Three Cups of Tea Reflection Essay

As I delved into Mortenson’s personal saga in Three Cups of Tea, my understanding of both this region of the world and Islam increased - Three Cups of Tea Reflection Essay introduction. Several themes in these chapters caught my attention. The themes I was most interested in were the position of women, the importance of education in this region, and the true meaning of Islam. Three Cups of Tea showed me the true roots of Islam and the cultural practices associated with this area. This book made me withdraw my prejudices and form a new opinion about the inhabitants of this region.

As a woman, I was extremely interested in the status of women in both Islam and the Middle East. I had some preconceived notions about women in the Middle East, especially about the way they dressed and their positions compared with males in society. Several passages about women stuck out to me in this book. One of them was after Mortenson’s closest friend and one of the most honored leaders of Korphe, Haji Ali’s wife Sakina passed away. Haji Ali lovingly proclaimed, “I am nothing without her, nothing at all” (259). Mortenson remarks that for such a respected Muslim man to say this about a woman took a great deal of courage.

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This passage showed me the depth of respect that Muslim men have for their partners, their wives. The next section that interested me and pertained to women addressed the issue of the American women’s perspective on the traditional burkha, or covering around their face. As a modern, liberated American woman, I was most interested in this cultural practice. It was both this section of the book and our speaker on Muslim women that opened my eyes to the idea that burkhas were intended to liberate women instead of enslave them.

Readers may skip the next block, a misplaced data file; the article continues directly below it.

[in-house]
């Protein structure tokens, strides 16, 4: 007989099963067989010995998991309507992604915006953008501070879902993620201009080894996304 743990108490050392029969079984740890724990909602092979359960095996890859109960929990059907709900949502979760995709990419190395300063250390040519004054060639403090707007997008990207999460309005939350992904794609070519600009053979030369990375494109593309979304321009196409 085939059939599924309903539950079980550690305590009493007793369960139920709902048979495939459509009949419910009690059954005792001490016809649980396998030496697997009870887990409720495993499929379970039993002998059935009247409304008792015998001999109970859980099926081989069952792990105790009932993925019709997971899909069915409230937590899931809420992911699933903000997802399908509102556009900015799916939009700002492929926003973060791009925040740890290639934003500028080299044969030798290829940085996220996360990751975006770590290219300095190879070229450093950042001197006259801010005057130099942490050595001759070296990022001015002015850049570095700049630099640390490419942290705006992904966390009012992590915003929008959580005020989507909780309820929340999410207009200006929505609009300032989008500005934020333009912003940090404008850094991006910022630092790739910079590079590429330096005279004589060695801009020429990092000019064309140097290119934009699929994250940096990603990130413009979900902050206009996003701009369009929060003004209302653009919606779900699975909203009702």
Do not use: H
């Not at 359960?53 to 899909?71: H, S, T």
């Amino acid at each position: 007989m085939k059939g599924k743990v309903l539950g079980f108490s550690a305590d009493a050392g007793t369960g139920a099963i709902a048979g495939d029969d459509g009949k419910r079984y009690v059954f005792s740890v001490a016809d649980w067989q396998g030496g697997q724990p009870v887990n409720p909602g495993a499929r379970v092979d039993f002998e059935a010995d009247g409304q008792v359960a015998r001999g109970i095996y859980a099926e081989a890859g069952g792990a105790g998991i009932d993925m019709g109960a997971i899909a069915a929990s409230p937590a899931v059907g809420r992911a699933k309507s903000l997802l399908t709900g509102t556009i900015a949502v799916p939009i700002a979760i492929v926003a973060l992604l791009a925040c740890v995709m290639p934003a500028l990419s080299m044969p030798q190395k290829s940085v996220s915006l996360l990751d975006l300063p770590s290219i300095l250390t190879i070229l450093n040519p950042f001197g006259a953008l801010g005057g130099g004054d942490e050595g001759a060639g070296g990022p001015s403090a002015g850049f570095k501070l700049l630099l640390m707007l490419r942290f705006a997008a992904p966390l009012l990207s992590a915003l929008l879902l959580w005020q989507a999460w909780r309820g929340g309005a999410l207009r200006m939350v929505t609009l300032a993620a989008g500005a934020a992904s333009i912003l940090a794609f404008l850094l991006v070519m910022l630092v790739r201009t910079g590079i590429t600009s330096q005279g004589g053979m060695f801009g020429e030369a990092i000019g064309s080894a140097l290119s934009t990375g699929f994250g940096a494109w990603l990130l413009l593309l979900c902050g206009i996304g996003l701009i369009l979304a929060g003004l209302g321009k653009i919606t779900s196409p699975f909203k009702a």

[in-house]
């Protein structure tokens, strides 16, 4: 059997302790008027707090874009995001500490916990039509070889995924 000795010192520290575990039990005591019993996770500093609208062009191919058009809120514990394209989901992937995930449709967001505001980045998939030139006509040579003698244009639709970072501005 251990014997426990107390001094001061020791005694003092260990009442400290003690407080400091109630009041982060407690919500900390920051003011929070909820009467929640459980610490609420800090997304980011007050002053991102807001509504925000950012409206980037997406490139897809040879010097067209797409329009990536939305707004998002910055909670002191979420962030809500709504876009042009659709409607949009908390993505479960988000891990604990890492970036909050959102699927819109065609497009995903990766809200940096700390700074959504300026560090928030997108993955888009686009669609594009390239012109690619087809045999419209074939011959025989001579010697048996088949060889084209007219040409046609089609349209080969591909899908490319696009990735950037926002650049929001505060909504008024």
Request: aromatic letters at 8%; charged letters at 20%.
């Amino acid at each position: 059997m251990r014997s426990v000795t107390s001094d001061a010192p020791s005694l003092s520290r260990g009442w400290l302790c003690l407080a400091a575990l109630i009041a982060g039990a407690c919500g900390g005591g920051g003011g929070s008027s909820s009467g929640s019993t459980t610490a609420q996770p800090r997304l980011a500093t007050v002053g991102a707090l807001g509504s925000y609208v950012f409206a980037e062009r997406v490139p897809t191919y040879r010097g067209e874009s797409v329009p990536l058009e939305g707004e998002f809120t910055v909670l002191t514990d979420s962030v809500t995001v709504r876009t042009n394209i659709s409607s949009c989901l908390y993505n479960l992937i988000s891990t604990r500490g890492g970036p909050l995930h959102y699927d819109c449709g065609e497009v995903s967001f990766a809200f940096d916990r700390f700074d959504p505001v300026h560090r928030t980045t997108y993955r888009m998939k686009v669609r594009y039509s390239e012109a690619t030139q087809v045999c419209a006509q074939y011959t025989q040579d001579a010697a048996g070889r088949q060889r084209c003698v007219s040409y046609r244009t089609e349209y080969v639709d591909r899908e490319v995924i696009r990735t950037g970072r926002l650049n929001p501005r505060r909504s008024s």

As opposed to showing skin to free themselves, Islamic women wear burkhas to protect women from themselves from the oppression of a chauvinistic society by concealing their most noticeable gift, their beauty. It was the comment of an Afghani woman that caught my attention, “We women of Afghanistan see the light through education, not through this or that hole in a piece of cloth” (289). This surprised me because it seemed counterintuitive. An Afghani woman who certainly had less educational opportunities compared with an American woman, claimed that she held education above all else, above fashion and above judgment from others.